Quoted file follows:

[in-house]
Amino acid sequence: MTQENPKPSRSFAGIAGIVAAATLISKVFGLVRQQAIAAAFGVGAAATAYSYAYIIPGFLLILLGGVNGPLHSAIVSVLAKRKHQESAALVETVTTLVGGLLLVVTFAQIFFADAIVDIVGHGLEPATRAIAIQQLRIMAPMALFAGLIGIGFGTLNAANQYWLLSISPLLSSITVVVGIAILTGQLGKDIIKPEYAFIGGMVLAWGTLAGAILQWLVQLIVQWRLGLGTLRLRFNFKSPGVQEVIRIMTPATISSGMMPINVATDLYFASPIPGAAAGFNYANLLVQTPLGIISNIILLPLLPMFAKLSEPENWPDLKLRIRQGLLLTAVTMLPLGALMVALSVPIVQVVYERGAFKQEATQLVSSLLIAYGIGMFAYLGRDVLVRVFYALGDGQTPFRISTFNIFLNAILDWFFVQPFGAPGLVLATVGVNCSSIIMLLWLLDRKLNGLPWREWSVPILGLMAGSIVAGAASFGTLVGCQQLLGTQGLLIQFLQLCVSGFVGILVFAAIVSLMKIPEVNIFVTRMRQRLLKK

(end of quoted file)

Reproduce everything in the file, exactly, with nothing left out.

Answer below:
[in-house]
Amino acid sequence: MTQENPKPSRSFAGIAGIVAAATLISKVFGLVRQQAIAAAFGVGAAATAYSYAYIIPGFLLILLGGVNGPLHSAIVSVLAKRKHQESAALVETVTTLVGGLLLVVTFAQIFFADAIVDIVGHGLEPATRAIAIQQLRIMAPMALFAGLIGIGFGTLNAANQYWLLSISPLLSSITVVVGIAILTGQLGKDIIKPEYAFIGGMVLAWGTLAGAILQWLVQLIVQWRLGLGTLRLRFNFKSPGVQEVIRIMTPATISSGMMPINVATDLYFASPIPGAAAGFNYANLLVQTPLGIISNIILLPLLPMFAKLSEPENWPDLKLRIRQGLLLTAVTMLPLGALMVALSVPIVQVVYERGAFKQEATQLVSSLLIAYGIGMFAYLGRDVLVRVFYALGDGQTPFRISTFNIFLNAILDWFFVQPFGAPGLVLATVGVNCSSIIMLLWLLDRKLNGLPWREWSVPILGLMAGSIVAGAASFGTLVGCQQLLGTQGLLIQFLQLCVSGFVGILVFAAIVSLMKIPEVNIFVTRMRQRLLKK